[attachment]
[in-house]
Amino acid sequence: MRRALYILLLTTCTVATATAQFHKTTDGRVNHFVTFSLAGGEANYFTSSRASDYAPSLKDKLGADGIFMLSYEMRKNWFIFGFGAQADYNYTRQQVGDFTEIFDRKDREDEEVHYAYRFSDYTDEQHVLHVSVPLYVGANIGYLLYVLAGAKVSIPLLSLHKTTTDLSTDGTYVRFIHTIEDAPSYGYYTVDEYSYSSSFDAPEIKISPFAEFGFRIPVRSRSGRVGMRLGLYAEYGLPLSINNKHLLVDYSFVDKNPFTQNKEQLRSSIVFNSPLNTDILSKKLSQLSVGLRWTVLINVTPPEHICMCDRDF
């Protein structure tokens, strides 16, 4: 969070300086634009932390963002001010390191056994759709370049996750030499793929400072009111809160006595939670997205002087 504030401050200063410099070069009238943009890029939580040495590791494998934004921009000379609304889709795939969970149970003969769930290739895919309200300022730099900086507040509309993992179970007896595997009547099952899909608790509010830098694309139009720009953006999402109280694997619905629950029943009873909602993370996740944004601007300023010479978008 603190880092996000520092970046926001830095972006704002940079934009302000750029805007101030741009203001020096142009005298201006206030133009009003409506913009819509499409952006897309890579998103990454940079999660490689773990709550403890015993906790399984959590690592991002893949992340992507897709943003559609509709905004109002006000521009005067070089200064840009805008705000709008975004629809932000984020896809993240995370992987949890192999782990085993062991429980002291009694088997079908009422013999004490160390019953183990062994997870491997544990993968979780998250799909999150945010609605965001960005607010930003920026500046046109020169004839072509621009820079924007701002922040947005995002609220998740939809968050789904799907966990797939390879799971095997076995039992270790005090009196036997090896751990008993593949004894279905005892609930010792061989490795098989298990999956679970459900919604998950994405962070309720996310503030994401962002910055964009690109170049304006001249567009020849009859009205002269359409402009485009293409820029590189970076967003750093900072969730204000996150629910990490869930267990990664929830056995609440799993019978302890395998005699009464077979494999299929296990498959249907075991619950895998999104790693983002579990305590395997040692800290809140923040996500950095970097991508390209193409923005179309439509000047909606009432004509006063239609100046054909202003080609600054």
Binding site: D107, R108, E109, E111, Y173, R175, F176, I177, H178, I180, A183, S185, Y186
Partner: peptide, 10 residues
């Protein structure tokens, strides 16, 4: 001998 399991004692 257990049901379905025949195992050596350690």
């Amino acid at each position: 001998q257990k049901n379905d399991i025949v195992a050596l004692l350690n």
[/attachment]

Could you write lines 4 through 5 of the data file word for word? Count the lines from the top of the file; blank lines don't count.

Binding site: D107, R108, E109, E111, Y173, R175, F176, I177, H178, I180, A183, S185, Y186
Partner: peptide, 10 residues